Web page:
Situated on the spectacular Columbia Plateau, The Nature Conservancy's preserves at Beezley Hills and Moses Coulee offer incredible geological scenery and provide habitat for resident species. This region is an important example of Washington’s shrub-steppe, which historically comprised almost a third of the state’s entire land mass. Today, more than two-thirds of this habitat has been lost to development. We are working to ensure the long-term conservation of shrub-steppe habitat and its native species. Take a virtual walk with us through Moses Coulee to learn more about this underdog landscape.
1. WILDFLOWERS bloom alongside native bunch grasses and sagebrush to paint the shrubland each spring. Flowers such as yellow balsamroot, purple lupine and pink hedgehog cactus emerge every year in a beautiful show of color. View our wildflower photo gallery.
2. GREATER SAGE-GROUSE historically occurred throughout the shrubsteppe and meadow-steppe communities of eastern Washington. Sage-grouse are well known for their breeding behavior: Males congregate on traditional display sites, called leks, to display to and breed with females. Because of a fragmented landscape, their current range is approximately eight percent of the presumed historic range.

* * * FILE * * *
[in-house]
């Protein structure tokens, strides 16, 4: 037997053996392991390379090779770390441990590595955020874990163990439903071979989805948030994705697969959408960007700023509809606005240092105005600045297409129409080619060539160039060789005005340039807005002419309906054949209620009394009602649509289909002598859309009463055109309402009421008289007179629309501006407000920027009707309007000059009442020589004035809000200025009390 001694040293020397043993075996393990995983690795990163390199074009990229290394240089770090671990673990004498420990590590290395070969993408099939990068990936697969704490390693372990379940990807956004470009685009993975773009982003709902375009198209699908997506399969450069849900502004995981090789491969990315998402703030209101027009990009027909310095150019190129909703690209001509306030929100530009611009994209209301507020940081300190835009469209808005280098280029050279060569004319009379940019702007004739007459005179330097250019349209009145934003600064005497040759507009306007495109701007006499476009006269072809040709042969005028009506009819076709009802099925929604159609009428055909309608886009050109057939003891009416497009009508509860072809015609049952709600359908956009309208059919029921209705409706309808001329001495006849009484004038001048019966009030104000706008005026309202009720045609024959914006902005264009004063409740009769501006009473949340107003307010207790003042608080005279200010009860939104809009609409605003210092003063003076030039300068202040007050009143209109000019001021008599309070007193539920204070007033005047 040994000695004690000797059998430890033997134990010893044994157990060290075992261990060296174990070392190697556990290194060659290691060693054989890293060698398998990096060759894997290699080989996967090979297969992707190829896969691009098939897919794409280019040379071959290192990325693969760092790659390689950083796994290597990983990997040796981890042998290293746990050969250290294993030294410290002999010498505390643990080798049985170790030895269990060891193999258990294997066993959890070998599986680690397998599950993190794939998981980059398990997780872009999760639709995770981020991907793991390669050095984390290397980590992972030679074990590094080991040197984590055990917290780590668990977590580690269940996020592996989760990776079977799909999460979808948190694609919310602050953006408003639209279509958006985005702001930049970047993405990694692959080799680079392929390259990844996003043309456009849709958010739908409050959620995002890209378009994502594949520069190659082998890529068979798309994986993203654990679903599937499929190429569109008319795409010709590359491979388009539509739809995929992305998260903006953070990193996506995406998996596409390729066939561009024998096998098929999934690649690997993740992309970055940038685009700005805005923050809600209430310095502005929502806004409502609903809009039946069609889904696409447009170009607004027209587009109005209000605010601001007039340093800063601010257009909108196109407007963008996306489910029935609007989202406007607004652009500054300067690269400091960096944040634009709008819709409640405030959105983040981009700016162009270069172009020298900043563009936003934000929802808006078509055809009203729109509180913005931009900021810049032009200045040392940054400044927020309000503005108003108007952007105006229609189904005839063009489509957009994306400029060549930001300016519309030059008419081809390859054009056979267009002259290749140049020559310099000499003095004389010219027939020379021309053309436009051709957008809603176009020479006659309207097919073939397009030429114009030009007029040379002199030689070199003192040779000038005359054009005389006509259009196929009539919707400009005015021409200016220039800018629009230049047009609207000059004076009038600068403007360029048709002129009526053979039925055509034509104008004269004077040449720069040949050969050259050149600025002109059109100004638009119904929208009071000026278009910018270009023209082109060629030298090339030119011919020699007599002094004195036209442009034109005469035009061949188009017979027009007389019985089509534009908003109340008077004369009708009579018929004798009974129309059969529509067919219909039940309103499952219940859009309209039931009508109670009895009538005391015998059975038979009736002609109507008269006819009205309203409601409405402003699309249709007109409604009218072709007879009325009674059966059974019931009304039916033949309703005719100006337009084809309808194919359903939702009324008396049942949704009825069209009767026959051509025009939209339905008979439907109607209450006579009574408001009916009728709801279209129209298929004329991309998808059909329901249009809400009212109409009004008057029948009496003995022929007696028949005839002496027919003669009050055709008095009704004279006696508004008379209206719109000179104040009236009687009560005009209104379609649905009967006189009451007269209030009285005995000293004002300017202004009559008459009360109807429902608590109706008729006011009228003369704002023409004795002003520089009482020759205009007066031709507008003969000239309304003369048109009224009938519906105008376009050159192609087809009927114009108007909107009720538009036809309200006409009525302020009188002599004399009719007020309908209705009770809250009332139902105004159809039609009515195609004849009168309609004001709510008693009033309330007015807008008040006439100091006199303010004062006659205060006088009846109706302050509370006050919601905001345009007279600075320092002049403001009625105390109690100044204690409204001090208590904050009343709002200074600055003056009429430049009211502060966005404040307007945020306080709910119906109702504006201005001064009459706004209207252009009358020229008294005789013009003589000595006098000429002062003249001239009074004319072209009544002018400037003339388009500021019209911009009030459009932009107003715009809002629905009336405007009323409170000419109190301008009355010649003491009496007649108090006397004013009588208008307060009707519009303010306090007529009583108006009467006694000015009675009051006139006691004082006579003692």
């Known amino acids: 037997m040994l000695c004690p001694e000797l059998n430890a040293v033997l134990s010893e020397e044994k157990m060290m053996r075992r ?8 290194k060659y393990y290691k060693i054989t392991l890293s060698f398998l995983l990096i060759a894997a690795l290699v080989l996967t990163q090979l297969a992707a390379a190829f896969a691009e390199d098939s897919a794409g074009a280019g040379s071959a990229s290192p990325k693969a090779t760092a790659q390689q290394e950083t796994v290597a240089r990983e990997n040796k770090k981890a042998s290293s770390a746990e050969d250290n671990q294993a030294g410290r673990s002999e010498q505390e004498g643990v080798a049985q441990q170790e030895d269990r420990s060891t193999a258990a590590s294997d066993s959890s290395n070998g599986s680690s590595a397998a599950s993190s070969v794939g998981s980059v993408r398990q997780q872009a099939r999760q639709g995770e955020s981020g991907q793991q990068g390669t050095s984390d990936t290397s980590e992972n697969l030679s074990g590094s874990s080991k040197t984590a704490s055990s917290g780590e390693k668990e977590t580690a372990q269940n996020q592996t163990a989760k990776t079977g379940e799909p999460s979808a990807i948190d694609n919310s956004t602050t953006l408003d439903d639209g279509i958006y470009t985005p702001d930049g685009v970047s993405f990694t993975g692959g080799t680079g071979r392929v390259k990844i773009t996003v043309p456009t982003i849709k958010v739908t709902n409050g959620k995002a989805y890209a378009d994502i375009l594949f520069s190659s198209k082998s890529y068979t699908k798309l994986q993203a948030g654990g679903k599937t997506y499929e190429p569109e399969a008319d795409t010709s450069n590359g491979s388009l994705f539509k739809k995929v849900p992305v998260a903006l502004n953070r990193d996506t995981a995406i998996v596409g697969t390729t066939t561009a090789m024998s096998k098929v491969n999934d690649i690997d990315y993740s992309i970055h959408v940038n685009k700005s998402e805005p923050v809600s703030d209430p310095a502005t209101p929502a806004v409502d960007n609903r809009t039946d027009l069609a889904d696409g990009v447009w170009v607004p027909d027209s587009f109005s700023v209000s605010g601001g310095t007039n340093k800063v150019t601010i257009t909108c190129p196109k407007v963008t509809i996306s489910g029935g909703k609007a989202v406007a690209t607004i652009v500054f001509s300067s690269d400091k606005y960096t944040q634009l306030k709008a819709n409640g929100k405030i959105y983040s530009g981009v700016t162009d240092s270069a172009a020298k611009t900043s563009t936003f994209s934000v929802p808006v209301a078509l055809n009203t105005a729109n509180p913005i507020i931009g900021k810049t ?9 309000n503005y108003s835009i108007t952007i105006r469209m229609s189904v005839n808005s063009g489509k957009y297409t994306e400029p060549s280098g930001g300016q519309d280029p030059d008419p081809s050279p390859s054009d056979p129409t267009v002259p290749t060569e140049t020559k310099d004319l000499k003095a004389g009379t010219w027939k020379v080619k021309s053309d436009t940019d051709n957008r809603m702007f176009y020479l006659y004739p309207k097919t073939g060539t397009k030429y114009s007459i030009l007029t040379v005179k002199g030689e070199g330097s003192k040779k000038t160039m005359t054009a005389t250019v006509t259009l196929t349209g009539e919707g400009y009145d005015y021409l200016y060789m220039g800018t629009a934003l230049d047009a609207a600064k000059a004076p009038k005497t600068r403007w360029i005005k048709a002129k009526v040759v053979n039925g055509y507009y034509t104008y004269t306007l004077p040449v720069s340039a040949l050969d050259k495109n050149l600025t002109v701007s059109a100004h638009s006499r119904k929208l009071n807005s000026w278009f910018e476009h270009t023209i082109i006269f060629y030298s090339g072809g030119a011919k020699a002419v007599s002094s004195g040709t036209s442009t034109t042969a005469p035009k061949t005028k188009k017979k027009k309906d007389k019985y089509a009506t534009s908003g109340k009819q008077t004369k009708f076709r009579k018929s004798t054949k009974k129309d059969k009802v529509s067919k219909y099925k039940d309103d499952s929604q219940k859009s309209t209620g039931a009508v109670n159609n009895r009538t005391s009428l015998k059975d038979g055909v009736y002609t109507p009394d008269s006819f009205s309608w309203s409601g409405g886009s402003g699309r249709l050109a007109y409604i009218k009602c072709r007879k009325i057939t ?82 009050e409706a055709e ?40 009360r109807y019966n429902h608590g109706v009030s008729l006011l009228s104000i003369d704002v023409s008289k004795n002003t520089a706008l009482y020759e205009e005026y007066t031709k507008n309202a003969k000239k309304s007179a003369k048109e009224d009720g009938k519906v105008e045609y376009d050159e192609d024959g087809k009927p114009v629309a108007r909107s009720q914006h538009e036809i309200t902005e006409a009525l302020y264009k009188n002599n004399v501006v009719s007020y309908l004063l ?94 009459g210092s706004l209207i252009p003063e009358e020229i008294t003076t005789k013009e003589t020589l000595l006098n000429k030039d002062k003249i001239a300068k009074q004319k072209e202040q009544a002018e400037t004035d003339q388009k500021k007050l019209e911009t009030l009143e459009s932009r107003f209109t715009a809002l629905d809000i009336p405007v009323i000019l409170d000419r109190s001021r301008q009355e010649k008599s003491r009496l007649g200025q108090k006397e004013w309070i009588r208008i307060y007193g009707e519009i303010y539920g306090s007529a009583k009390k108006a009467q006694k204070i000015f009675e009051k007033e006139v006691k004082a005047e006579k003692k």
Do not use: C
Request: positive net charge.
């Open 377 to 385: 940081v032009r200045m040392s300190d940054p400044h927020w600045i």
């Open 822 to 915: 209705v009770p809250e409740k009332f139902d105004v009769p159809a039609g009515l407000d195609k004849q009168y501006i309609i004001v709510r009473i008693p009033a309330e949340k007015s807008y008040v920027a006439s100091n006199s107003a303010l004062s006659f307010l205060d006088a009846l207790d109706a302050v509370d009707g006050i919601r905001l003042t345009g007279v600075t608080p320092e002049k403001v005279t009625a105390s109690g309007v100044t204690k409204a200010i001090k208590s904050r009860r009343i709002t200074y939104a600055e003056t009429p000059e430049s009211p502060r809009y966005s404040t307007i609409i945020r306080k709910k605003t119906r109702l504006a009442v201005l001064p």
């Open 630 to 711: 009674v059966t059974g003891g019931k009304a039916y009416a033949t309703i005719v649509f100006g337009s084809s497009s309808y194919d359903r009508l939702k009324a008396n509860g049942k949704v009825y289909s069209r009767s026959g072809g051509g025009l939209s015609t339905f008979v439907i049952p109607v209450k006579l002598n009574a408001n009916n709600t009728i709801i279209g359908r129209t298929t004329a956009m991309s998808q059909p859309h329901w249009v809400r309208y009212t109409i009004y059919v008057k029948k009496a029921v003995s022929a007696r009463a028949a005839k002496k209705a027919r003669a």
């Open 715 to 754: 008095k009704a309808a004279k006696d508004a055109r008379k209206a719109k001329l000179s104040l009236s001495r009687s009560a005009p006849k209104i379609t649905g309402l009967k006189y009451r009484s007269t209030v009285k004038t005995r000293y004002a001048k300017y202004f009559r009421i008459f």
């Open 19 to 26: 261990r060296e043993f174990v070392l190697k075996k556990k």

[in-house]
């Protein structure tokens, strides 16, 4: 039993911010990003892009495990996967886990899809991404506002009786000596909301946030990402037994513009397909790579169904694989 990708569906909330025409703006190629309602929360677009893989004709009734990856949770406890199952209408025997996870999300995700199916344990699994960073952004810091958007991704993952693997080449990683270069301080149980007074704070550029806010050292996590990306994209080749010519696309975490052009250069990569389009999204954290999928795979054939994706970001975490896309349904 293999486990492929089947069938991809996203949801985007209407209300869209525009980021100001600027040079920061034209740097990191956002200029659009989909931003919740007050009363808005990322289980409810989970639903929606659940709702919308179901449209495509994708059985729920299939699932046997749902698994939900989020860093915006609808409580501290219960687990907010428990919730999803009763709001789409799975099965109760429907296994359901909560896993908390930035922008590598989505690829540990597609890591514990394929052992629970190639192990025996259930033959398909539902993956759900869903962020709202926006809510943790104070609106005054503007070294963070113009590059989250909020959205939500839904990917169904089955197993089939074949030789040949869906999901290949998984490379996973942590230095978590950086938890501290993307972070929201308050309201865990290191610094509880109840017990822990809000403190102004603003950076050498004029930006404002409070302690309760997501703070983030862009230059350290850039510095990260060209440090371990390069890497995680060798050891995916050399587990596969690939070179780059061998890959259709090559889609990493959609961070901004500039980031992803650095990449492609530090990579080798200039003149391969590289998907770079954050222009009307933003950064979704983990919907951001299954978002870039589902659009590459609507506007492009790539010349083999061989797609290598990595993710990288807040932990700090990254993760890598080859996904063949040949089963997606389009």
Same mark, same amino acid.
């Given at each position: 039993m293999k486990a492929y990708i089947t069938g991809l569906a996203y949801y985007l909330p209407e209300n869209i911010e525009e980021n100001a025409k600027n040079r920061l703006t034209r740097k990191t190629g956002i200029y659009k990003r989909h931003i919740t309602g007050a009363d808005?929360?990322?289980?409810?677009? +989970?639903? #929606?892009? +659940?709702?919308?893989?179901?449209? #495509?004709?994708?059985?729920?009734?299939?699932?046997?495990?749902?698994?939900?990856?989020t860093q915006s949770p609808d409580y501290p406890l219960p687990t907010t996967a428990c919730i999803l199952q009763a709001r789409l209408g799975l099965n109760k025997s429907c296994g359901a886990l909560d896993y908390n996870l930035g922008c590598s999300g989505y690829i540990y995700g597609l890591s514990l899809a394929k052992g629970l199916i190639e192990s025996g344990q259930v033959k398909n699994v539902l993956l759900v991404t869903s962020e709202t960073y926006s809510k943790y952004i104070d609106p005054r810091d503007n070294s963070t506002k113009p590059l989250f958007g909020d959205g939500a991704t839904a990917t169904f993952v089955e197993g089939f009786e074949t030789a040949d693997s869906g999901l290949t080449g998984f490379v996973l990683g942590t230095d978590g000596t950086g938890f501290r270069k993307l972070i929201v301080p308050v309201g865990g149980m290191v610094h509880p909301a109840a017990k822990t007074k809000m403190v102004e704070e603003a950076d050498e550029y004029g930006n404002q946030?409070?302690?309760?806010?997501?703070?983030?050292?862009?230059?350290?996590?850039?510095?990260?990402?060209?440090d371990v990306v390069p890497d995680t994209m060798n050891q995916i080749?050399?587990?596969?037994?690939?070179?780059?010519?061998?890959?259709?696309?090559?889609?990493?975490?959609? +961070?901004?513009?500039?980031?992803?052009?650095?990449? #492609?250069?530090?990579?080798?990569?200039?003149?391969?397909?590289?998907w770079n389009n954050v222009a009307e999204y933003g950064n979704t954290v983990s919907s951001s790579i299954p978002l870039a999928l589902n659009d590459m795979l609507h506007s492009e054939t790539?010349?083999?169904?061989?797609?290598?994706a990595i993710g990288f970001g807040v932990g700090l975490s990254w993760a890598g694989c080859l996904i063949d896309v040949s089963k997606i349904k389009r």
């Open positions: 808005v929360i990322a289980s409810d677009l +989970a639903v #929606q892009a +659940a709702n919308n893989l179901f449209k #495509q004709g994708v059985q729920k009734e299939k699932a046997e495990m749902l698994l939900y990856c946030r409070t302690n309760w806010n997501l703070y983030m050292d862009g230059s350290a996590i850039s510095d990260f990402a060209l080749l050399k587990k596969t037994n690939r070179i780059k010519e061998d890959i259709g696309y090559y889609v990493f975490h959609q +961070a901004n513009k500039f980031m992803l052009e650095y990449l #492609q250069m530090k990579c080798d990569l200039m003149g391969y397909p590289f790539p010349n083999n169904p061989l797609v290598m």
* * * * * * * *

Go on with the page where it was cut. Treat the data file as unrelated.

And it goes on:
3. PYGMY RABBITS rely on the dry, loose soil of the shrubsteppe to create their burrows, and they depend on sagebrush for food and protective cover. In Washington, Columbia Basin pygmy rabbits have lost much of their habitat, making them an endangered segment within overall pygmy rabbit populations.
4. BIRDS of many species frequent this landscape. Look closely to see a sage sparrow, golden eagle or mountain bluebird. Spring-fed creeks and other water sources provide crucial breeding and foraging habitat for birds in an otherwise dry environment.
5. SAGEBRUSH is a cornerstone of the shrubsteppe and tolerates its extreme temperature fluctuations. Big sagebrush, common in the coulee, is an evergreen and provides food, shade and protective cover to many species. Historically, tribes relied on sagebrush for medicine and braided its fibers for clothing and other essentials.
6. BASALT CLIFFS frame the shrubsteppe in Moses Coulee, carved by ancient floods that charged through the landscape after the last ice age. Lichen color the rock, lending orange and yellow hues to the scene.
7. BATS roost in the basalt cliffs of Moses Coulee, and they are the most common mammal in the ecosystem. Fourteen of Washington’s 15 native bat species make their homes in Moses Coulee, including the rare spotted bat.